DIY Squeaky Bed Fix


A squeaky bed can be a real nuisance. When my wife was studying for her PhD qualifying examinations this past winter, she would stay up really late while the baby and I would sleep together much earlier. When she would finally join us at 2 or 3 in the morning, she always woke us up crawling into bed with a loud creak. After weeks of interrupted sleep and having to soothe a disgruntled baby, I finally decided to look into resolving this rather “loud” issue.

A little investigation led me to the main culprit: the bed’s boxspring. When I opened up the boxspring, I was surprised by how flimsy it was. It was basically a big cardboard box framed with wood. The smartest option it seemed was to replace the cardboard and reinforce the structure of the box using sturdy, quality plywood and screws. It was a fairly easy and inexpensive project (under $40) that has successfully eliminated all squeaks and creaks (hooray!). You can even do it for cheaper if you go with a thinner plywood board but I wanted something a bit thicker. So if you’re looking to fix a squeaky bed and are not sure about completely replacing the boxspring or trying other suggestions like lubricating the springs, open the boxspring up first and see what you’re dealing with. If the material looks cheap, chances are this fix is the right one for you.

(2) Sheathing Plywood Boards 
Wood or Drywall Screws
Liquid Nail 

Staple Gun
Caulk Gun
Flat Head Screwdriver


1. Measure the boxspring and head over to Home Depot to purchase and custom cut the plywood for your bed frame size. I had the plywood cut for a queen-sized boxspring: 60 inches wide by 80 inches long (see Figure 1). For me to get an exact size I purchased 2 plywood boards and had them cut so each piece was exactly half (30in x 80in) of my queen bed frame size.

2. Remove your mattress and flip the boxspring frame over to remove the staples and nails from the corners of the cover attached to the frame along with the cardboard until all that remains is the wooden frame (see Figure 2).

3. Investigate the frame to make sure the studs are sturdy. Also, double check to see if the original nails/screws are in good condition. If you find any weak links go ahead and add more screws to tighten the joints.

4. Apply liquid nail liberally along your frame taking care to stay in the center to prevent the glue from oozing out of the sides when you place the plywood boards (see Figure 3).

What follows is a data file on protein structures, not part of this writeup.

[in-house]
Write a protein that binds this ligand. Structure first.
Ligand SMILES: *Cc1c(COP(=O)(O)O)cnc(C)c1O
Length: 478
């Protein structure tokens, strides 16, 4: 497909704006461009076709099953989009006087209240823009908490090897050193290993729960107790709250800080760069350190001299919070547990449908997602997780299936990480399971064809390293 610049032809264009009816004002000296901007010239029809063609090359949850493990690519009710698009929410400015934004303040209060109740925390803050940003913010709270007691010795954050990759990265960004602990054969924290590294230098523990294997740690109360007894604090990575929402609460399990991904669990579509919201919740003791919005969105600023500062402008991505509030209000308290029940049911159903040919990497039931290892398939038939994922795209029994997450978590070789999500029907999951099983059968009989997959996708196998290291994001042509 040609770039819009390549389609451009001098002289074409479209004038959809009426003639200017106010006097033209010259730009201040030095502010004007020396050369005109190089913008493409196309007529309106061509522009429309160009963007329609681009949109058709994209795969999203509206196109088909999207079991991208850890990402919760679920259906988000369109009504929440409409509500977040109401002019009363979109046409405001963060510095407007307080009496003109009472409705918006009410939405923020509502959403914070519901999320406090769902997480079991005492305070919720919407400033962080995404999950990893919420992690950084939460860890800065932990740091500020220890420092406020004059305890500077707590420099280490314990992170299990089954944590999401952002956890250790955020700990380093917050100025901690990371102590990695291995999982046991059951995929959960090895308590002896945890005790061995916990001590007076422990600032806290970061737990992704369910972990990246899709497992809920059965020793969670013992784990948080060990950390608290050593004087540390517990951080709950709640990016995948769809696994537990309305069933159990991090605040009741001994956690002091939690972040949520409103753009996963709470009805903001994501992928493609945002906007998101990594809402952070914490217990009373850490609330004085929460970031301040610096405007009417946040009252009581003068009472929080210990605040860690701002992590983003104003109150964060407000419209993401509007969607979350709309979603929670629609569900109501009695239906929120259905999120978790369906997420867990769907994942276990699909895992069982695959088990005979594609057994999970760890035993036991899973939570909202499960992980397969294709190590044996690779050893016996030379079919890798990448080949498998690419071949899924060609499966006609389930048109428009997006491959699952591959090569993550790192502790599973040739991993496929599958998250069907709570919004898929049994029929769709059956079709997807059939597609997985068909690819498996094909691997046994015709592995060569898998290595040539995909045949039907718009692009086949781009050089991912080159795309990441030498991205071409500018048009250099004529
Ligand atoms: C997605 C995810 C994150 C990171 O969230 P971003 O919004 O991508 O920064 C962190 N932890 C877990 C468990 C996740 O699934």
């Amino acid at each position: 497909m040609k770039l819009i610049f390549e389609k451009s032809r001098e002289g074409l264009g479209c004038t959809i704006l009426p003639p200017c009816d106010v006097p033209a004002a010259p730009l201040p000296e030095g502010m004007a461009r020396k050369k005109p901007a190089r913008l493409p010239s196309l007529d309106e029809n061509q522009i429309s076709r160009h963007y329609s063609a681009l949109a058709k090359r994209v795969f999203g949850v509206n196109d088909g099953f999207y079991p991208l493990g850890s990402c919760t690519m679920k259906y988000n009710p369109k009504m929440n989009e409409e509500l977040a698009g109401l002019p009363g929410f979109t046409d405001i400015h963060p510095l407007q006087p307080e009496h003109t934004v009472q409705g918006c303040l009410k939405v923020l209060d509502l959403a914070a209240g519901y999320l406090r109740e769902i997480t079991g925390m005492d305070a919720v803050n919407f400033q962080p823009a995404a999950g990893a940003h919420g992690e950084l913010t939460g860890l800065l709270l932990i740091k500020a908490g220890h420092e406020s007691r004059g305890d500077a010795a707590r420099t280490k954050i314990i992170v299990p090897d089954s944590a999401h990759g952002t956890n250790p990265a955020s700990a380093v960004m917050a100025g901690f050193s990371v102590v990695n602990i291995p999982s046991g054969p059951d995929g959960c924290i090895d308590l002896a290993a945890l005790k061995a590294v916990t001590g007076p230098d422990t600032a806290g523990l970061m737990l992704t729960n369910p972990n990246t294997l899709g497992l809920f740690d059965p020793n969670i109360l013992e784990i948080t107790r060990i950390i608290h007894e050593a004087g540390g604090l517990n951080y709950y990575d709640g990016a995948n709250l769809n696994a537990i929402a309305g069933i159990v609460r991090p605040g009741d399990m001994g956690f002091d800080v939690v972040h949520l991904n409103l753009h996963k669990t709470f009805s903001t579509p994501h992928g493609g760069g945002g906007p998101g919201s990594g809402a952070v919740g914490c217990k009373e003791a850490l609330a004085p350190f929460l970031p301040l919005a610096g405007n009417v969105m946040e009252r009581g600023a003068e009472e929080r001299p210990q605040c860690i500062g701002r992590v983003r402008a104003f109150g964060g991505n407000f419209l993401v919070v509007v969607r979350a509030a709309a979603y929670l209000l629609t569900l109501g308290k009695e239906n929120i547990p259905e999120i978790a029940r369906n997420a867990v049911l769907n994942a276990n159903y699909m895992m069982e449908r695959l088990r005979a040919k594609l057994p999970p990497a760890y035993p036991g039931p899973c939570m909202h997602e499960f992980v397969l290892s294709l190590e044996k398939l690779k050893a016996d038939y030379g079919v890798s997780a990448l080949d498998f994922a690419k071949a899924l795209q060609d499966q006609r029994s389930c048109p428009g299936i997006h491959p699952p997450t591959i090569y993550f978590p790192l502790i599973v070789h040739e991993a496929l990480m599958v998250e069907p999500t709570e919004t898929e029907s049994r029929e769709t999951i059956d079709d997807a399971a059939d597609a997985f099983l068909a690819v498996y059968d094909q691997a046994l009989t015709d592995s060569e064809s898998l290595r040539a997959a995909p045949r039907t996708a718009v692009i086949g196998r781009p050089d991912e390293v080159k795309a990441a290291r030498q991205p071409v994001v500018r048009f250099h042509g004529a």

5. Immediately place the custom cut boards on the freshly glued frame. Do this one board at a time so you don’t make a mistake aligning the plywood to the boxspring frame (see Figure 4).

6. After you have placed the plywood boards on top of the boxspring frame, go ahead and secure the plywood to the frame using wood screws. I left a foot of space between each screw and made sure to drill the screws into the boxspring frame and not into empty space (see Figure 5 & 6).

7. Let the glue dry for at least an hour.

8. Cut the corners of the plywood off at an angle if they extend beyond the frame as it can be a hazard and get in the way of completing step 9.(see Figure 7a & 7b).

9.  Using a staple gun, secure the fabric cover over the boxspring (see Figure 8).

10. Catch up on your beauty sleep with squeak and creak-free slumber.

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Figure 1

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Figure 2

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Figure 3

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Figure 4

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Figure 5

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Figure 6

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Figure 7a

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Figure 7b

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Figure 8

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DIY: Scarf Hanger/ Wall Art


If you’re like me and wear scarves daily, you likely have tried everything to keep them organized. All in vain. Whether folded away in a drawer or strung up away in your closet on some fancy loop hanger, the end result is always the same. Utter chaos. The drawer scenario is just a hot mess unless you don’t mind the daily maintenance of folding and refolding all the scarves you’ve dug through to find the one that matches your outfit. The loop hanger is simply impractical if you have more than 5 scarves, especially if they are longer in length. If you can actually fill every loop, it becomes very heavy to pull out and eerily resembles Cousin Itt. Does this sound familiar?